b) Taking the prophylactic advised by your local travel advisory centre in good time to provide cover for the start of your trip.

Note that Nairobi has world class hospitals and doctors who are pioneers in the research and treatment of Malaria and other tropical illnesses. Ensure that you have ample medical evacuation cover in your Travel Insurance and in the event that the Lamu Hospital cannot fix you up you can be in Nairobi within 2 hours.

DO NOT UNDERESTIMATE THE POWER OF THE SUN, which in this latitude can produce very serious burns. There is often a sea breeze in Lamu which deceives one into thinking it not as hot as it is. This combined with reflection from the water leads to frequent cases of sun-burn and dehydration even amongst hardened sun worshippers!

It is advisable to drink bottled water at all times in Lamu unless the Retreat you are staying at has its own borehole and can vouch for the purity of the water. Carry bottled water with you on all your excursions and drink more than you think you need!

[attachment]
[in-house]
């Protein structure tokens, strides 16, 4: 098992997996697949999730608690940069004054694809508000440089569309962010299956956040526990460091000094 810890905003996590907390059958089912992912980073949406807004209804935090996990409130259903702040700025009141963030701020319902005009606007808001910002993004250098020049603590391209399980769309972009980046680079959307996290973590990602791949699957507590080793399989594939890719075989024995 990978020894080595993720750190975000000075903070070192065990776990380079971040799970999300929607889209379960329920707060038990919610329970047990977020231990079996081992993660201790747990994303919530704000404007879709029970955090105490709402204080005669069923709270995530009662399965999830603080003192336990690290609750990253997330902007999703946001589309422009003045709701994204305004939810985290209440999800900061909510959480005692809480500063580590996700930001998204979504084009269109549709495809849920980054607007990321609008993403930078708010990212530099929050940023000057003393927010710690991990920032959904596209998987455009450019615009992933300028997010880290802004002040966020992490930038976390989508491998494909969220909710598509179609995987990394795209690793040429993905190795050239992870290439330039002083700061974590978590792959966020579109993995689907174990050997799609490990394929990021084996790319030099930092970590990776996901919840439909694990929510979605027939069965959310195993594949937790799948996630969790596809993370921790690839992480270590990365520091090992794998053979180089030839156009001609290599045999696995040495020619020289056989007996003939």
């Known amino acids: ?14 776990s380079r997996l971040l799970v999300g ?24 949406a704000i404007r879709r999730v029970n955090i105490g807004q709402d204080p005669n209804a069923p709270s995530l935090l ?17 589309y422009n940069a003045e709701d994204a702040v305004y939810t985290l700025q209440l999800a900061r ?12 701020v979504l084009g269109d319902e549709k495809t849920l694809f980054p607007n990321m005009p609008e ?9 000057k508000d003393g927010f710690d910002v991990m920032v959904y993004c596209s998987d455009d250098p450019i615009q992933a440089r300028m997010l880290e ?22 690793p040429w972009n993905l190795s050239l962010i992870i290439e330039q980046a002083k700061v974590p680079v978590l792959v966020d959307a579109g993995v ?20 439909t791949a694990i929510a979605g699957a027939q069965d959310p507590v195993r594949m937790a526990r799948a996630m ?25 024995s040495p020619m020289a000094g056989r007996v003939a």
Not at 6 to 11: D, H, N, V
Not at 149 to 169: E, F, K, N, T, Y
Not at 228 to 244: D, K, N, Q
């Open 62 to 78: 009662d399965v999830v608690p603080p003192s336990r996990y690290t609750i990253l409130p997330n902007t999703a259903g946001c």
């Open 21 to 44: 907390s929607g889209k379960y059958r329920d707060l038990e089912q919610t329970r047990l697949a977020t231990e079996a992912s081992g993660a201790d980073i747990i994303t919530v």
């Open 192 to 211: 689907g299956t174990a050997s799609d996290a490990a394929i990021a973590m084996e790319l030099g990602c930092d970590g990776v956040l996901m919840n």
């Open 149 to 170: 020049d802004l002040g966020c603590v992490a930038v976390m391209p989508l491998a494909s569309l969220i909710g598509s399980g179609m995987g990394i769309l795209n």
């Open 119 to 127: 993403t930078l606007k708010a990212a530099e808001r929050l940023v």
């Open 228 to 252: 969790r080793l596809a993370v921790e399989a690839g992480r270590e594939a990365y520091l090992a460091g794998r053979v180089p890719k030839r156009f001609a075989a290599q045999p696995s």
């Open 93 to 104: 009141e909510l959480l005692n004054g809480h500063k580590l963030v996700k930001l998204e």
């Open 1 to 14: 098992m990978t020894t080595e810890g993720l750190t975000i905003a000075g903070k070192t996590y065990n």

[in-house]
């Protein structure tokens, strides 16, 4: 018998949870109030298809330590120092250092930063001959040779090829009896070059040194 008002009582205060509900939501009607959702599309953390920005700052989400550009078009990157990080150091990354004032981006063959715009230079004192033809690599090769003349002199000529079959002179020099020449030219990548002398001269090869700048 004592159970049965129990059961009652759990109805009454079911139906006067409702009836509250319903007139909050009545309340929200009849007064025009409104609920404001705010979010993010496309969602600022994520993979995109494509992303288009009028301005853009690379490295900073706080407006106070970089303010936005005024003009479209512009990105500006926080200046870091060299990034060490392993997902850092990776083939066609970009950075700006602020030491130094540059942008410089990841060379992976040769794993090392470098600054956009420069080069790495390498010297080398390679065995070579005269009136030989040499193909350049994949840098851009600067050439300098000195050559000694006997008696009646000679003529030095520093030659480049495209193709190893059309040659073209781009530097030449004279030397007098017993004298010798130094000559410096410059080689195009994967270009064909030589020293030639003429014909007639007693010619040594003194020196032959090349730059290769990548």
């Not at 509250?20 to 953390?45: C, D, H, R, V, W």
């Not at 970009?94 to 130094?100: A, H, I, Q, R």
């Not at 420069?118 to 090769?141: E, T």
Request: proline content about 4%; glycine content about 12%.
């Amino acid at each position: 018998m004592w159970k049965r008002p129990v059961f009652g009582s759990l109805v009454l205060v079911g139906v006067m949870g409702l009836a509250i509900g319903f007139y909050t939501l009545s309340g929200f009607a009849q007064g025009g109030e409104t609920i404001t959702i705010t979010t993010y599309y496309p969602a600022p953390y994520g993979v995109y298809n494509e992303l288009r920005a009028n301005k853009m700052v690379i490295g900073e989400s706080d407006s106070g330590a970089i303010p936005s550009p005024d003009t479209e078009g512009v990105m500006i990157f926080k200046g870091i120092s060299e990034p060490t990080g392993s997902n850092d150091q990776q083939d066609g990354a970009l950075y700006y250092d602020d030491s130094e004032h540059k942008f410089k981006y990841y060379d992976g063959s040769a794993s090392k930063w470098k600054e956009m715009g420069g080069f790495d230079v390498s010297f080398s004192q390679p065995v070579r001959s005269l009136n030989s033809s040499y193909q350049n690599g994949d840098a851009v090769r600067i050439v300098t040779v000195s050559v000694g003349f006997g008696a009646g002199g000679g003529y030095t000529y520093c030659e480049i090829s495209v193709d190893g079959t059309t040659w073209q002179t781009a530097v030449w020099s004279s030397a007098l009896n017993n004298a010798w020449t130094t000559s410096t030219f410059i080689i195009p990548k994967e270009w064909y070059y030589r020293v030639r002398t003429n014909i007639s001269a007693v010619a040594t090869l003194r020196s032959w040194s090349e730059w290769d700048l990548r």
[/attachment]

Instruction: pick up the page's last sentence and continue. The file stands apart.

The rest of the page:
The official Kenyan currency is the shilling or kenyan shilling (Ksh or KES). Its equivalence in USD is about 70-75 Ksh for 1 Euro (this can vary!). A Ksh subdivides in 100 cents.

You are allowed to get in or out of the country with a maximum of 500.000 Ksh AND the equivalent to 5.000 US dollars. When leaving the country, the Ksh can be changed at the airport's Bank.

There are countless Banks and Exchange Offices with western standards in Nairobi. In Lamu there are several Banks where it is possible to exchange traveler checks, Euros or Dollars as well as to withdraw cash using major credit cards.

Mains electricity in Kenya is 220-240 volts and 50 hz. Plug sockets are usually standard UK Three pin square. Though you can find adapters for two pins classic plugs at general markets, it is worth taking travel adaptors for other more unusual plug types. Power for the whole of Lamu and Shela is provided by a generator and although generally reliable, power cuts do occur which are beyond the control of the residents. Many of the Retreats will have standby generators which will at least provide light and most cooking is done on bottled gas so generally there is little real inconvenience caused.